One of the most interesting developments in the game industry in the last few years has been the proliferation of games, particularly RPGs, developed in China. The Chinese game development scene has a long and storied history of acclaimed role-playing games, with series such as Sword and Fairy or Xuan-Yuan Sword rivaling classic series like Final Fantasy or Dragon Quest in popularity and critical praise in their home country. Unfortunately, most of these games were inaccessible to the Western game audience for decades, and it’s only recently that developers and publishers have realized there is an untapped market for these elusive classics. The floodgates have opened, and now that we are finally receiving the biggest names in Chinese RPGs on our shores, the path is open for up-and-coming developer Swordman Studio and publisher Spiral Up Games to make a name for themselves with their debut title, Wandering Sword. I’m happy to say that Wandering Sword is an incredible achievement that weaves a personal tale of family ties and revenge into a beautiful tapestry of world-building, political intrigue, and martial arts lore that had me deeply invested in the story of Yuwen Yi while also providing a tactically rich combat experience and deep character progression.
The story starts off strong as you follow Yuwen Yi, a young martial artist hired along with some friends to guard the carriage of a mysterious official through the desert Outer Lands to the central plains region of Jianghu. Yi’s group is caught in a conflict between the criminal Tianlong Gang and the villainous Xuanhuo Cult, and his friends are quickly killed while he is poisoned and left for dead. Fortunately, he is saved by the man they were escorting, who turns out to be the leader of the prestigious Wudang Sect of martial artists, Qingxu. He takes Yi to an outcast former disciple, Jiang, who lives in hiding in a remote village with his daughter, Xiaotong. Master Jiang teaches Yi how to control his Qi and more techniques while he heals from the poison. However, Yi’s tutelage suddenly ends when a disparate group of bandits, martial artists, and even government forces descend on the village, kill Jiang, and kidnap his daughter. Yi vows to get revenge, both for his fallen comrades and the death of his new master, and sets out on a journey that sees him join the Wudang Sect, become a martial arts master in his own right, and discover the mystery of his origins while rooting out the evil that plagues Jianghu. The story of Wandering Sword is a true example of an epic hero’s journey narrative, encompassing the five regions of the world and the various martial arts sects, as well as political intrigue between the government, religious cults, and organized crime.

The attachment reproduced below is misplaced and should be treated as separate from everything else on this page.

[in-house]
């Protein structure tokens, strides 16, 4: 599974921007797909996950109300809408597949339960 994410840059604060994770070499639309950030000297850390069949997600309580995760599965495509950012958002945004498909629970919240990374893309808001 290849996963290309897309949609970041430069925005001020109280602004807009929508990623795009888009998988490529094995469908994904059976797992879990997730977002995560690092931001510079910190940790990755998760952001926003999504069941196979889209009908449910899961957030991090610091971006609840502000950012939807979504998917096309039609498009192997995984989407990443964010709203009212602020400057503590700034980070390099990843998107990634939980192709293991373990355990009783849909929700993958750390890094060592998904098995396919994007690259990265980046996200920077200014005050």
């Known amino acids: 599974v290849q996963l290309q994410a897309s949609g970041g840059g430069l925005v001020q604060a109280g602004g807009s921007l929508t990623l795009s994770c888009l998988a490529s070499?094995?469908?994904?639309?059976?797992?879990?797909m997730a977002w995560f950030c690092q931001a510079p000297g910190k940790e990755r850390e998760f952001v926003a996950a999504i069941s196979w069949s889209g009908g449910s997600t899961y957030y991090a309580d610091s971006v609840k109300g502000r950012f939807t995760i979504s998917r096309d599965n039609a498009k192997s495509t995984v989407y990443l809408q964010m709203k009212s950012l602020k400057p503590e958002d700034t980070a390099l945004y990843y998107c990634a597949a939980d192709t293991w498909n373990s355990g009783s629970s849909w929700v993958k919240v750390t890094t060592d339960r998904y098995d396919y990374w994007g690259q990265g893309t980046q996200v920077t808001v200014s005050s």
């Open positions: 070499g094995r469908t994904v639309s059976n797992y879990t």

The story evolves naturally as Yi meets new groups and unravels more layers of the central conspiracy at the heart of Wandering Sword’s plot, while never losing the human element of Yi’s bond with his companions and the mystery of his past. At first, all the names and groups thrown at you can be confusing, but everything is mentioned with purpose, and all the dangling plot threads are eventually addressed in a satisfying manner that relates to Yi’s backstory and his relationship to the martial arts world. I commend Swordman Studio for crafting such an intricate and detailed world and complex narrative without significant plot holes, inconsistencies, or contrived deus ex machina that feels out of place or unearned. Many Chinese language games have suffered from lackluster English localization, but thankfully, Wandering Sword bucks that trend. The writing is adept, conveying each character’s personality well and containing some clever turns of phrase. The dramatic moments land expertly and tug at the heartstrings, and lighthearted moments got a chuckle out of me now and then. One nice touch is that after each major story beat, you are treated to a poem that summarizes the emotional stakes of prior events and hints at where the journey is heading. These poems maintain correct meter and rhyme structure, making it clear the localizers went the extra mile to deliver a high-quality translation.
The characters are also a highlight, both those met through the main story and the optional side characters who will make up most of your party. Each optional party member has a unique introductory quest and then at least one follow-up recruitment quest that fleshes out their backstories and relationship to both Yi and Jianghu. Some particular favorites of mine include Bai Jin, an impulsive burglar who wanders wherever the wind takes him; Shangguan Hong, a swordswoman who is the last of her sect and seeks to master the hidden technique left behind by her ancestor; and Leng Wuqing, a detective who uses a wheelchair and asks for your help to take down a human trafficking ring. Each character’s scenario and personality are unique, and while they don’t feature in the main story, they are vital to overcoming the game’s many challenges.